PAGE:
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Telemedicine: The Way Forward in India

By Dr. Haleema Yezdani, Mbbs,FICM,PGDM

Dr. Haleema Yezdani, Mbbs, FICM, PGDM, is a physician residing in Bengaluru, Karnataka, India with 20 years of experience in medicine. She has used telemedicine to treat patients for more than eight years. In India, telemedicine guidelines and technological advancements have helped guide this new work and allow care to continue amidst the pandemic. Dr. Haleema shares her experience with telemedicine during the COVID-19 pandemic.

During the COVID-19 pandemic, telemedicine use has accelerated rapidly, making healthcare accessible to remote patients during this challenging time. In India, telemedicine guidelines and technological advancements have helped guide this new work and allow care to continue amidst the pandemic. These practices are necessary to keep populations healthy during times of social distancing.

As we have seen during the COVID-19 pandemic, the benefits of telemedicine are numerous. The medical practitioner is available almost immediately in synchronous telemedicine. Patients can can reside any distance from the provider, with enhanced technology making this easier than ever. Diagnosis and treatment can be sent to the patient almost immediately. A second opinion can be provided rapidly by an expert in the same field, allowing the patient and original provider to consider alternatives in a more efficient manner.

With the onset of the COVID-19 pandemic, other ailments and care were neglected as the virus took precedent and available resources. Entire populations deferred medical care for chronic ailments, testing, routine visits, etc.  Many resorted to telemedicine to follow up on their chronic conditions, such as diabetes or hypertension. Providers were able to continue care through telehealth appointments, prescribing medicine through e-pharmacies and following up through patient portals.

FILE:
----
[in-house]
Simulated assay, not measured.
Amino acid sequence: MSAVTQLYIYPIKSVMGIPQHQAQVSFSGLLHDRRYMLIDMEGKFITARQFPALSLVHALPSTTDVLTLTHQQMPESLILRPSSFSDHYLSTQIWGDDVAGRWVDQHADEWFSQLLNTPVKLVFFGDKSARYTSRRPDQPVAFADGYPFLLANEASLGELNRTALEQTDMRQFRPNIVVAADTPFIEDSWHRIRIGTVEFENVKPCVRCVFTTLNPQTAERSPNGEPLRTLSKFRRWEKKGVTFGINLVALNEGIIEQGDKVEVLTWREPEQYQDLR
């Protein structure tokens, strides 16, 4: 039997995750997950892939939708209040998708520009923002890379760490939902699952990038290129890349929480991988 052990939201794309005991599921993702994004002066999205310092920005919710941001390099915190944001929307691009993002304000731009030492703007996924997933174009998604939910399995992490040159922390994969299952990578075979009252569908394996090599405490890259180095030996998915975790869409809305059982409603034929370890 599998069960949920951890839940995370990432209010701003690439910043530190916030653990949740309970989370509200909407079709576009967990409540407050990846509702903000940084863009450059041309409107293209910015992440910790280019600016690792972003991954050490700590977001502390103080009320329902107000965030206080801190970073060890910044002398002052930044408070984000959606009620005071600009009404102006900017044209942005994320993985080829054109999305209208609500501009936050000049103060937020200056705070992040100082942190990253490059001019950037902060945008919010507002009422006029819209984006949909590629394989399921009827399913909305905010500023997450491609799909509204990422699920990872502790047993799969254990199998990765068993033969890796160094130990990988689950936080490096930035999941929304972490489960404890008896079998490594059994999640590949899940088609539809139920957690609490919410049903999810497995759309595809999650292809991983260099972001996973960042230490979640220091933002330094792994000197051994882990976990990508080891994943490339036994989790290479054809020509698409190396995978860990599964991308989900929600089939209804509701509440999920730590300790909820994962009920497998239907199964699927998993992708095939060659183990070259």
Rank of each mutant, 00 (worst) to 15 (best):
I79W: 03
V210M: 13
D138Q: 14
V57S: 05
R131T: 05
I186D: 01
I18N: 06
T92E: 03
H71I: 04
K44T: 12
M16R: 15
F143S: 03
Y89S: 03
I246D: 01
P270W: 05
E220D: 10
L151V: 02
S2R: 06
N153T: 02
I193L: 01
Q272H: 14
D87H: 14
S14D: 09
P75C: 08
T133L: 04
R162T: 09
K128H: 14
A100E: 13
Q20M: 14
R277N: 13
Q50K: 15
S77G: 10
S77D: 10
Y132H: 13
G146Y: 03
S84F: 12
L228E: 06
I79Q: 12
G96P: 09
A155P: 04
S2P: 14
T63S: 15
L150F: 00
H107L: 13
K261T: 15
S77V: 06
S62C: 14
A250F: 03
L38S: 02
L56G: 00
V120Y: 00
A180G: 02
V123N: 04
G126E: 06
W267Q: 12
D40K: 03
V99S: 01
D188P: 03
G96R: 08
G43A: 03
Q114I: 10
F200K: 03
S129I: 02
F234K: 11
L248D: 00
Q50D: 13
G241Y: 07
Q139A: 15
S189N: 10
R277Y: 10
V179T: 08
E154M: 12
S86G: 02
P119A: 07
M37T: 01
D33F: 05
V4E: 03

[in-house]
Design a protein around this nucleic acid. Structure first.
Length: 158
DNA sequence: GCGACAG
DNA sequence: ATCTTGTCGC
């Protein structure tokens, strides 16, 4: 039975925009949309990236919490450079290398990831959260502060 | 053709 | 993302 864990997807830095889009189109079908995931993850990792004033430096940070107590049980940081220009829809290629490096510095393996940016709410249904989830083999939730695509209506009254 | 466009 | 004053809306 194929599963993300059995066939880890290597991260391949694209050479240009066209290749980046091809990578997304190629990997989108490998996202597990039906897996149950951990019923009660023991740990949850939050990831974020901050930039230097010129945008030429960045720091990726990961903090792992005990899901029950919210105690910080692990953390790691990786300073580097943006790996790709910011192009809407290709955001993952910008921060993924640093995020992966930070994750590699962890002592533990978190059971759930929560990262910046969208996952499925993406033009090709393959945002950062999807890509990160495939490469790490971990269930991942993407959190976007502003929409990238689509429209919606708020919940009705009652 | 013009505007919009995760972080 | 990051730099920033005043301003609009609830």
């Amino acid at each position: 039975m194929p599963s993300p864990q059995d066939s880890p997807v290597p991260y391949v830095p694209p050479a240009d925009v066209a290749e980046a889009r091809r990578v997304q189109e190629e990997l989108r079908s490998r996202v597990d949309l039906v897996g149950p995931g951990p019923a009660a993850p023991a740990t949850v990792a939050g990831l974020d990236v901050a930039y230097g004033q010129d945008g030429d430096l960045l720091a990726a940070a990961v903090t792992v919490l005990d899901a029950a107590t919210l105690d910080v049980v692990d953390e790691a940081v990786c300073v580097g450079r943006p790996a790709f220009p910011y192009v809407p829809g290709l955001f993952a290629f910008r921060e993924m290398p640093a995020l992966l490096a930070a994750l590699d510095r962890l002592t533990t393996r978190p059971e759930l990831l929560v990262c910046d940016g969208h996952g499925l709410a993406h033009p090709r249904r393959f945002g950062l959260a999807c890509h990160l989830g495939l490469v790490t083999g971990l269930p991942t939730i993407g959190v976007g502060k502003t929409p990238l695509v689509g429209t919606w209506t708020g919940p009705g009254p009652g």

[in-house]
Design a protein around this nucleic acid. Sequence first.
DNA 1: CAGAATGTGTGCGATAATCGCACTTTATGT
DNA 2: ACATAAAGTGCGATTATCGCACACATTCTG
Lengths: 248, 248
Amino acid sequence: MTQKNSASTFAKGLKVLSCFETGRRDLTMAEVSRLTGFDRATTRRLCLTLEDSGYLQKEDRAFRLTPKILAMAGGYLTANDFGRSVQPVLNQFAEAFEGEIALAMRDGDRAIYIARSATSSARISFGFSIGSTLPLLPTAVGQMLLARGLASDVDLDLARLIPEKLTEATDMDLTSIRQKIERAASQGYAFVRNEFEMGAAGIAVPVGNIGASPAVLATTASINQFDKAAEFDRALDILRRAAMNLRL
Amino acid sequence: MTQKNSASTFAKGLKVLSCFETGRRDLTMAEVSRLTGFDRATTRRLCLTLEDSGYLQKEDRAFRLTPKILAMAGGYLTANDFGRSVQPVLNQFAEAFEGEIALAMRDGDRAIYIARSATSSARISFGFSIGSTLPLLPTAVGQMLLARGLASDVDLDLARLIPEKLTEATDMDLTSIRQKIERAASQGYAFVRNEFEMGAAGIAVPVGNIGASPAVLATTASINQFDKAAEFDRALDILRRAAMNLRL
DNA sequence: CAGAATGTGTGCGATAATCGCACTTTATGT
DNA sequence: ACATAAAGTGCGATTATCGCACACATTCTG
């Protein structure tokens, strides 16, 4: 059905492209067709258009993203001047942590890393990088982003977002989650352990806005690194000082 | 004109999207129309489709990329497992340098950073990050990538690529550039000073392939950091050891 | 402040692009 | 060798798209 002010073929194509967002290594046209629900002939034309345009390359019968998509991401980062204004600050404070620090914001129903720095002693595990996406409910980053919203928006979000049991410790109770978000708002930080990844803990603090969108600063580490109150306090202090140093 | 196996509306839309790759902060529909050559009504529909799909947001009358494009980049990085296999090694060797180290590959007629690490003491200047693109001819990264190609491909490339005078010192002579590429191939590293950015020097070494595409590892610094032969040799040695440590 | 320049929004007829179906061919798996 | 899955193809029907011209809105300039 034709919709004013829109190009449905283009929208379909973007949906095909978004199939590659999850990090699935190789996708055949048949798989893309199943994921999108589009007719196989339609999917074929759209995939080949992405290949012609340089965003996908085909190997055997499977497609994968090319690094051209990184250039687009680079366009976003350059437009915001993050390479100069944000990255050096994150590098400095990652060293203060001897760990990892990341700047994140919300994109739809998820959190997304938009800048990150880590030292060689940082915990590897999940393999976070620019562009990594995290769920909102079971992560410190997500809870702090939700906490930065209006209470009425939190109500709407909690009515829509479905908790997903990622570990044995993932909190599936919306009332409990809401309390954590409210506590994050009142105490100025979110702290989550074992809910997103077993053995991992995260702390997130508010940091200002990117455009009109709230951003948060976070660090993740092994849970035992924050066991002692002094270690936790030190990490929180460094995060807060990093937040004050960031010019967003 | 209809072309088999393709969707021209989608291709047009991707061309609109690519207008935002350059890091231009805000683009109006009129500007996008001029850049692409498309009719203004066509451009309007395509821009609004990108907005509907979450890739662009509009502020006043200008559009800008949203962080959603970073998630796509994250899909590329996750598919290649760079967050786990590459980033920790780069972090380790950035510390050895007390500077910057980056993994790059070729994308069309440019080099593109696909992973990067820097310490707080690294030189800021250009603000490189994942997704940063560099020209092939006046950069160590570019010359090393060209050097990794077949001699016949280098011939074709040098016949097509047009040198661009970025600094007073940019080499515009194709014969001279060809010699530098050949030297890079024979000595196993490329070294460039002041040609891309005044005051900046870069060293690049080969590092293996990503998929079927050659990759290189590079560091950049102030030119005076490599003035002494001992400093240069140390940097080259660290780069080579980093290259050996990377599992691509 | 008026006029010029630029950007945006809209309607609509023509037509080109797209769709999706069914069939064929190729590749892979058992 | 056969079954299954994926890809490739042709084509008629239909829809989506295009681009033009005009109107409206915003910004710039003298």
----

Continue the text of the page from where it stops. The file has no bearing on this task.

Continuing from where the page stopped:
The Medical Council of India (MCI) created Telemedicine Practice Guidelines in March 2020 to set out standards, norms, and procedures. The release of the guidelines has given a legal identity to the telemedicine practice in India. This will help medical professionals in India to impart their accumulated knowledge and resources to people in need of telemedicine services.

The guidelines were provided to practitioners, specifically those involved in telemedicine. Next, the Telemedicine Society of India created a short course to increase understanding and instruct implementing the guidelines in medical practices. The telemedicine guidelines helped our practice to become more streamlined, and documentation was legally protected.

The Indian government adopted the use of private telemedicine portals where patients completed self-registration in order to seek teleconsultation and to triage and treat COVID-19 patients. A dashboard was also provided to the doctor to conduct the audio and video consultation. The information is collected from the patient either through AI or customer service personnel.  Due to the use of the portals, the patients in need of the most critical care were provided priority through this digital triage system, which avoided overcrowding at hospitals.

Technological advances such as digital stethoscopes, dermoscopes, tele-ICUs, and remote patient monitoring have overwhelmingly contributed to the success of telemedicine in India and across the globe. Telemedicine is evolving and I believe it will continue to benefit patients and healthcare professionals.


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